VMware Paravirtual adapters were introduced back in 4.x and at the beginning there were some concerns. There were some issues if used with virtual machines that didn’t do a lot of IOPS, but that was resolved in vSphere 4.1. Otherwise PVSCSI offers 12% improvement in throughput at 18% less CPU. Today we'll see how-to safely change virtual adapter from LSI logic SAS into VMware Paravirtual (for boot disk) as by default then you create a new VM through the VM creation wizard, there is still LSI SAS driver selected by default.
PVSCSI adapters are high-performance storage adapters that can result in greater throughput and lower CPU utilization. PVSCSI adapters are best suited for environments, especially SAN environments, where hardware or applications drive a very high amount of I/O throughput. By default the PVSCSI driver is not proposed when creating a new VMs, because of compatibility purpose and also that this driver isn't present on some Windows based servers. Some VMware admins might not be so convinced and might fear to do such a change, especially on VM's boot disks. So you might think if there is a safe way to configure your VMs to use this PVSCSI driver safely – even for boot disks.
If you change the adapter directly (without those steps) your VM might not boot…
How-to safely change from LSI Logic SAS into VMware Paravirtual (on boot disk)
The most safe way is to create a small (dumb) 1GB virtual disk with controller using the PVSCSI driver. Like this when the system boots up the driver is recognized by the OS and installed. There is 2 reboots necessary. But I'll walk you through the steps in detail as I've just done the test on my Exchange 2010 VM which runs on 2008R2 and has single disk based on LSI SAS.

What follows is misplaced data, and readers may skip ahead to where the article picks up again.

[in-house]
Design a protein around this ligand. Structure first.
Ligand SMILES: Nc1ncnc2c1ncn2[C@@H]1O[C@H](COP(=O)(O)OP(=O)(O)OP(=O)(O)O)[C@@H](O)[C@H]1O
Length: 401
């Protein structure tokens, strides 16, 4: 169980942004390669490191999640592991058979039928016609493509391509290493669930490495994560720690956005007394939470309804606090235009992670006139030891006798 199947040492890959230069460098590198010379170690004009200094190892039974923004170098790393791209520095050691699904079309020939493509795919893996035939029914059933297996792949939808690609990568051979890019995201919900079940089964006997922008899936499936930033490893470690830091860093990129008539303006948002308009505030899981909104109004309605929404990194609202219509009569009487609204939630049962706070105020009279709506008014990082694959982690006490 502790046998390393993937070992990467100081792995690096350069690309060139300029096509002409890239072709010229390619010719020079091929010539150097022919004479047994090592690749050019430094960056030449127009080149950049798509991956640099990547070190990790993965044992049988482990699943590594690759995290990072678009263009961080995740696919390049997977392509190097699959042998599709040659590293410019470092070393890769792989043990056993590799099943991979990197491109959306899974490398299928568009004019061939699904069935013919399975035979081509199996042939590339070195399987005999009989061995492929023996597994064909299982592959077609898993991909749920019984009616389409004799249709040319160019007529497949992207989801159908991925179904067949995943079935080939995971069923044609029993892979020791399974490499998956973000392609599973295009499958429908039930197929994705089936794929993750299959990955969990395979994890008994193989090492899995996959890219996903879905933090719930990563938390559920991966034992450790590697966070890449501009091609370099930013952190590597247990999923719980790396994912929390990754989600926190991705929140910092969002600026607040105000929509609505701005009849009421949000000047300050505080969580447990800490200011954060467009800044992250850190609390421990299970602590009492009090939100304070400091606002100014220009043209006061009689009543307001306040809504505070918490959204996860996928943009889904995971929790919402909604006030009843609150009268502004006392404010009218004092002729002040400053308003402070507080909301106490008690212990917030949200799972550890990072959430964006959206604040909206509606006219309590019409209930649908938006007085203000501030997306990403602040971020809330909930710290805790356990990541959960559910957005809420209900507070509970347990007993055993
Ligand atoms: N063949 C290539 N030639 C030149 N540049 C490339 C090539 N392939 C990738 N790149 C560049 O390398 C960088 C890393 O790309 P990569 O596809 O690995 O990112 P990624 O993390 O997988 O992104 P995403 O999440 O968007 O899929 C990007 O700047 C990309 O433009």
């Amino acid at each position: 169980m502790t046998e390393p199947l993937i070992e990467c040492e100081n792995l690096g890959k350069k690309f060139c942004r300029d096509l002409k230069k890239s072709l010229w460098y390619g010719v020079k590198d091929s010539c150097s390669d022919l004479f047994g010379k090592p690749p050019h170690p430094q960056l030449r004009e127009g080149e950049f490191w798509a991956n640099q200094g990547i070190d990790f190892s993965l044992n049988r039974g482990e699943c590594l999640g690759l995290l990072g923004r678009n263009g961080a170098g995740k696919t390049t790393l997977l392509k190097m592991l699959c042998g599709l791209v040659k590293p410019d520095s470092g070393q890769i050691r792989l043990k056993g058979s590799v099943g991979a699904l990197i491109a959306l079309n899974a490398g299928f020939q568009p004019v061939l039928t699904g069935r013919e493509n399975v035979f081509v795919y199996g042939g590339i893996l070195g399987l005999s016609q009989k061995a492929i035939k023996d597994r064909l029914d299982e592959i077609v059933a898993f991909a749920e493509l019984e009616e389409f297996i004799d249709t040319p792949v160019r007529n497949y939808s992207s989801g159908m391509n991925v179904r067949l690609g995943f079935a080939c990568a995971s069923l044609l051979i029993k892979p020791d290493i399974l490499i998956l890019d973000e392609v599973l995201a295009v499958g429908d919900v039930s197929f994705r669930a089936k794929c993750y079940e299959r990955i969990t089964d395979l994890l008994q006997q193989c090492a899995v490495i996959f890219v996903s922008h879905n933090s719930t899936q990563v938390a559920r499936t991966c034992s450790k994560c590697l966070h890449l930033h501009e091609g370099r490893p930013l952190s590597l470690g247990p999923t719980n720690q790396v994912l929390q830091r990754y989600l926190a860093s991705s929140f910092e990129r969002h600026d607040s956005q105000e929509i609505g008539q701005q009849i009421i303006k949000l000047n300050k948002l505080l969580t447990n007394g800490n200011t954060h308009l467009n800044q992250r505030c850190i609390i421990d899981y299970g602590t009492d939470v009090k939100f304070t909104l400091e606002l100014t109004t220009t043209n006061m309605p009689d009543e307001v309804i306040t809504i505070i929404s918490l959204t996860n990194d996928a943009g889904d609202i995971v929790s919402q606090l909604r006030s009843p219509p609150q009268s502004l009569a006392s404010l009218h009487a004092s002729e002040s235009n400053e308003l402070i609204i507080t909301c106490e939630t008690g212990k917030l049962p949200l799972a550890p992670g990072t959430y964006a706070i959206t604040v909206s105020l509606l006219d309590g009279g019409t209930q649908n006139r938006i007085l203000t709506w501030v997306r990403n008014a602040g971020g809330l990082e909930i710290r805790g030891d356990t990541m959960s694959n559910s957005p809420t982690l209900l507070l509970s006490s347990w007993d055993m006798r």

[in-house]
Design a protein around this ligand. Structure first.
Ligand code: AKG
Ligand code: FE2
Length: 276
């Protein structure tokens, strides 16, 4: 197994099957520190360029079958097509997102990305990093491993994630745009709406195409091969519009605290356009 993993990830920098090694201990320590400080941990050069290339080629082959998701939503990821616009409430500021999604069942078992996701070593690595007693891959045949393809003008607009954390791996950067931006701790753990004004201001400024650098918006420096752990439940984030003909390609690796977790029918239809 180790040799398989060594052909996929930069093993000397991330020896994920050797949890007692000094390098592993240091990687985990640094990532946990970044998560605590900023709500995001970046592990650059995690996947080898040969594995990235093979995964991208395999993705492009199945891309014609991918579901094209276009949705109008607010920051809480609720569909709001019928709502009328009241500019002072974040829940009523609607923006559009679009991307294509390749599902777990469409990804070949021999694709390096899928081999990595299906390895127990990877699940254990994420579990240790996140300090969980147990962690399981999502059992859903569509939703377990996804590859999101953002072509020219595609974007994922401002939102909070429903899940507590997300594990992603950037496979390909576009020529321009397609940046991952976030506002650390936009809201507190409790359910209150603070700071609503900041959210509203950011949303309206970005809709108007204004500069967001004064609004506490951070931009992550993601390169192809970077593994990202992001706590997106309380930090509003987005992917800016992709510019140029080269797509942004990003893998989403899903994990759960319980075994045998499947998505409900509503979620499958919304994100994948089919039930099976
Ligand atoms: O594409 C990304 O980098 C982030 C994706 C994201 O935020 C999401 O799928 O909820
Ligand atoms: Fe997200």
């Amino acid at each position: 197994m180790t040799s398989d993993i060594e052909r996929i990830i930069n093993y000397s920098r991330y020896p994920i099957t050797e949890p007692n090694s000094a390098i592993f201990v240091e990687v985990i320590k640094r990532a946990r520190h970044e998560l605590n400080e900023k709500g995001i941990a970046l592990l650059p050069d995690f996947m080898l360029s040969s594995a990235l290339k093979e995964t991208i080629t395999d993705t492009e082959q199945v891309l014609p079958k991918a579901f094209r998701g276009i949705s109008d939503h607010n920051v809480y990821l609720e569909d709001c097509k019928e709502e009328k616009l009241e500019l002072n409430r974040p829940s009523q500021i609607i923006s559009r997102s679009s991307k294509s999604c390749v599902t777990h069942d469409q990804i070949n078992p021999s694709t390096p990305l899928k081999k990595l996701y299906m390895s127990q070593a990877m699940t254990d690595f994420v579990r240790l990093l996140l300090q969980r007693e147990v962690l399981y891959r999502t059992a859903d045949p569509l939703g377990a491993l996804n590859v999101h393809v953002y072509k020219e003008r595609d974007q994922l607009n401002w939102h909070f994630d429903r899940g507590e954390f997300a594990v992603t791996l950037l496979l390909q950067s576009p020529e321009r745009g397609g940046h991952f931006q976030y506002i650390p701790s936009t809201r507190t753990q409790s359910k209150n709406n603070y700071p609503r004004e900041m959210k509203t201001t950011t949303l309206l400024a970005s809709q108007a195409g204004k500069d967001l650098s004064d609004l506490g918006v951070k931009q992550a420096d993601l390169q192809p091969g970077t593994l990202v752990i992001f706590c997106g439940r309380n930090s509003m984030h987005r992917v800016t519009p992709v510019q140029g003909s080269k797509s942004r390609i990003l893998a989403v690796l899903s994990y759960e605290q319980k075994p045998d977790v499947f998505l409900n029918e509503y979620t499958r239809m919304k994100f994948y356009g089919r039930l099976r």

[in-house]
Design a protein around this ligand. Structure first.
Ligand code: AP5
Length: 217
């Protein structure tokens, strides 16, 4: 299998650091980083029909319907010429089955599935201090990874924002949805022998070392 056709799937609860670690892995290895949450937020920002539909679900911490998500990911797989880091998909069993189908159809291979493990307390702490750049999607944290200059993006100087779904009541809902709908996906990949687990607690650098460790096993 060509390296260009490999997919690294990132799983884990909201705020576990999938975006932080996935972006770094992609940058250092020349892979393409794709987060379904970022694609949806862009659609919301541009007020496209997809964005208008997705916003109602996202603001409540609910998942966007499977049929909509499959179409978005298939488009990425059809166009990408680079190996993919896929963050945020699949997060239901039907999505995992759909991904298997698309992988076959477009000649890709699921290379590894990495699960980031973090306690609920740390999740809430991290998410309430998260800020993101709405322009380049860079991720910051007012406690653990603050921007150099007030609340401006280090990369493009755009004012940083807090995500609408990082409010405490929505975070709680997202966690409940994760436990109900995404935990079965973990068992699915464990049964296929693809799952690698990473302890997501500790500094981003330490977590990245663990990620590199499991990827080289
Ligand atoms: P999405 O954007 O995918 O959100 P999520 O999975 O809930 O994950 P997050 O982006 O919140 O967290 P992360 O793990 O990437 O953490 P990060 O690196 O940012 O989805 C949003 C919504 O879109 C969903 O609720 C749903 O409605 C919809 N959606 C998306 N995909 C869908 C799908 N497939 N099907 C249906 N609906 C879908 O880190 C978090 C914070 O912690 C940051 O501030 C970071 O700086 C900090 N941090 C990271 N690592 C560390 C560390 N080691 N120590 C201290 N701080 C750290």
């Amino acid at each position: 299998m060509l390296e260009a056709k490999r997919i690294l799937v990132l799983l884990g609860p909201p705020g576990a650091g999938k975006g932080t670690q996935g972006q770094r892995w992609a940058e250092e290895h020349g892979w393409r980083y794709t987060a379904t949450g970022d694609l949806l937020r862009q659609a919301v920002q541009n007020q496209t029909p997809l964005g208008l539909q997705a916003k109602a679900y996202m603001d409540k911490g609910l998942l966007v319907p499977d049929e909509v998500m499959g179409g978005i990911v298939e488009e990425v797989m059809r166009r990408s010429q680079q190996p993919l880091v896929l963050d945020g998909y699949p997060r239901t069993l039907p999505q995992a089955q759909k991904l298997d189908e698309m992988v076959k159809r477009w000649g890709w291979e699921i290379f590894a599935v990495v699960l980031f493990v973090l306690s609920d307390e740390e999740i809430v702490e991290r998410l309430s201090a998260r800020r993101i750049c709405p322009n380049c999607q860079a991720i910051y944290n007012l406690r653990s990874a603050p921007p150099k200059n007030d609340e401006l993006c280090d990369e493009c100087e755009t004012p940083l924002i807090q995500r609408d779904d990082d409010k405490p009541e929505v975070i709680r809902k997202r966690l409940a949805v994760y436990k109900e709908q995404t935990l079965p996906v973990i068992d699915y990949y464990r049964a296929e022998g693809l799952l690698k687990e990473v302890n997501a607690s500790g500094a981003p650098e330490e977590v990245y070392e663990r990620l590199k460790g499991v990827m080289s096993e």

Here are the steps:
01. Add a small, thin provisioned disk to the VM – 1GB in size is sufficient.
02. Choose a 1:0 SCSI node (as on the image below).
03. Then select the newly added SCSI adapter and click the change type button to select VMware paravirtual
04. By then you'll see that the OS finds and installs the adapter….. Note that the VM is still running as I haven't rebooted yet.
05. Now you can gracefully shut down the VM to make changes. Go to the edit settings dialog and delete the 1Gb disk you have added in step 1. Validate the changes by clicking the OK button, and go back to the edit settings dialog for the VM > choose the SCSI adapter for the SCSI controller 0 (the boot disk), click the change type button and select the VMware Paravirtual.
06. After booting the VM you'll see a dialog that a new driver was installed (again), and that a reboot is necessary. Reboot the VM …
07. You can check settings of the VM that a paravirtual driver is used (Select VM > Edit settings > SCSI controller). Or you can also check insided the GuestOS that the Paravirtual driver is used (Right click computer > Manage > Device manager > Storage controllers.)
That's all. Now there is the most efficient driver used for that particular VM. This was simple how-to article showing that the way be more efficient with more performance. But, Imagine that you got an environment which has quite a few VMs like this. I'm sure there is a some one-liner with some PowerCLI scripting which would do this at the host (cluster) level as well. But this might be another story or at least another article … -:).
Another thing would be if you would be creating a template VM, where you would probably do all this during the template build. I hope that you find it useful.
Check this paper – that takes a closer look at PVSCSI vs LSI Logic SAS for IOPS, Latency and Cost.